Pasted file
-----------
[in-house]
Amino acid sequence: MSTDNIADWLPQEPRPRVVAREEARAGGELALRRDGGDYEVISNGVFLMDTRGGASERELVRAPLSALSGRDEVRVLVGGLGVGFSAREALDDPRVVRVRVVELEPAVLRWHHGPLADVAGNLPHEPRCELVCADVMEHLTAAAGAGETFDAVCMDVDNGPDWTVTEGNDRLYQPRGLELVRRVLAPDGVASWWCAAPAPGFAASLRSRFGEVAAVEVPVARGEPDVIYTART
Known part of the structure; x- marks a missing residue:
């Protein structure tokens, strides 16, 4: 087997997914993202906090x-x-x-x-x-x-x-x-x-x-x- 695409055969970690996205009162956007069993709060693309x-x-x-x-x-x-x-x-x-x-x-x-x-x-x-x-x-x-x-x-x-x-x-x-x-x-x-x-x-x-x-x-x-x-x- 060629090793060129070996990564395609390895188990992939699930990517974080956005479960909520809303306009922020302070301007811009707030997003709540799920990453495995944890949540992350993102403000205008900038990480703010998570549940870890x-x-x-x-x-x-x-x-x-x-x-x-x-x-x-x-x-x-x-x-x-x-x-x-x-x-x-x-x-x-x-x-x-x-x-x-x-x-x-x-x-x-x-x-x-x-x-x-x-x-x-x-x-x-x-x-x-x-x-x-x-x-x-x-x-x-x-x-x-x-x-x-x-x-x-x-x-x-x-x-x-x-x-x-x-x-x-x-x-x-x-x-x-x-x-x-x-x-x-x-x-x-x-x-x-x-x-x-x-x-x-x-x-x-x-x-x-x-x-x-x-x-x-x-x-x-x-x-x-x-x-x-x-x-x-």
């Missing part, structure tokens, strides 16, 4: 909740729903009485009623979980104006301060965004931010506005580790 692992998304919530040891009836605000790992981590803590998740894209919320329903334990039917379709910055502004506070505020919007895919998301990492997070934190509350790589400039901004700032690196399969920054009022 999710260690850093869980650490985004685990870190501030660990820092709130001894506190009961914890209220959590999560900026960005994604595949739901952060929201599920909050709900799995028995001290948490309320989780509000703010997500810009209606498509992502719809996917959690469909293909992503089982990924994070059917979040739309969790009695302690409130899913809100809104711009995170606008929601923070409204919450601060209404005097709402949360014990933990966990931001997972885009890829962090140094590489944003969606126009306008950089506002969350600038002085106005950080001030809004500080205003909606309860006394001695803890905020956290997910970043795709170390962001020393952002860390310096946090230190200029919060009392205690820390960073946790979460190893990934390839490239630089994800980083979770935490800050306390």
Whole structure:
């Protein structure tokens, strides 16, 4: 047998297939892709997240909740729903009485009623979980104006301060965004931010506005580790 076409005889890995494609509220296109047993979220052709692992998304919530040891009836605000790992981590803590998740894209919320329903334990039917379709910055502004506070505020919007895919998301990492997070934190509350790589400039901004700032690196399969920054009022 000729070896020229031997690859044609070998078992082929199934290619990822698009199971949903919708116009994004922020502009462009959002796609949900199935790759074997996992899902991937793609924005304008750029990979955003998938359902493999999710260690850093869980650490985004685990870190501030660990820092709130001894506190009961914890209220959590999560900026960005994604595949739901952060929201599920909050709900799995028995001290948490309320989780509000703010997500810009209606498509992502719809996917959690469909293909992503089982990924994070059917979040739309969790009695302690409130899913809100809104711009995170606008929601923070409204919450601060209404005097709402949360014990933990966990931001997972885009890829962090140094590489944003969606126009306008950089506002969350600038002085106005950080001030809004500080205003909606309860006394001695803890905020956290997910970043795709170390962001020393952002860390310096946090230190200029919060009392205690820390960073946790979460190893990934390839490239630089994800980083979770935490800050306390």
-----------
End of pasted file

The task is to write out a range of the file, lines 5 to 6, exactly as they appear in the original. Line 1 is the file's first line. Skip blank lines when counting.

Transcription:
């Missing part, structure tokens, strides 16, 4: 909740729903009485009623979980104006301060965004931010506005580790 692992998304919530040891009836605000790992981590803590998740894209919320329903334990039917379709910055502004506070505020919007895919998301990492997070934190509350790589400039901004700032690196399969920054009022 999710260690850093869980650490985004685990870190501030660990820092709130001894506190009961914890209220959590999560900026960005994604595949739901952060929201599920909050709900799995028995001290948490309320989780509000703010997500810009209606498509992502719809996917959690469909293909992503089982990924994070059917979040739309969790009695302690409130899913809100809104711009995170606008929601923070409204919450601060209404005097709402949360014990933990966990931001997972885009890829962090140094590489944003969606126009306008950089506002969350600038002085106005950080001030809004500080205003909606309860006394001695803890905020956290997910970043795709170390962001020393952002860390310096946090230190200029919060009392205690820390960073946790979460190893990934390839490239630089994800980083979770935490800050306390």
Whole structure: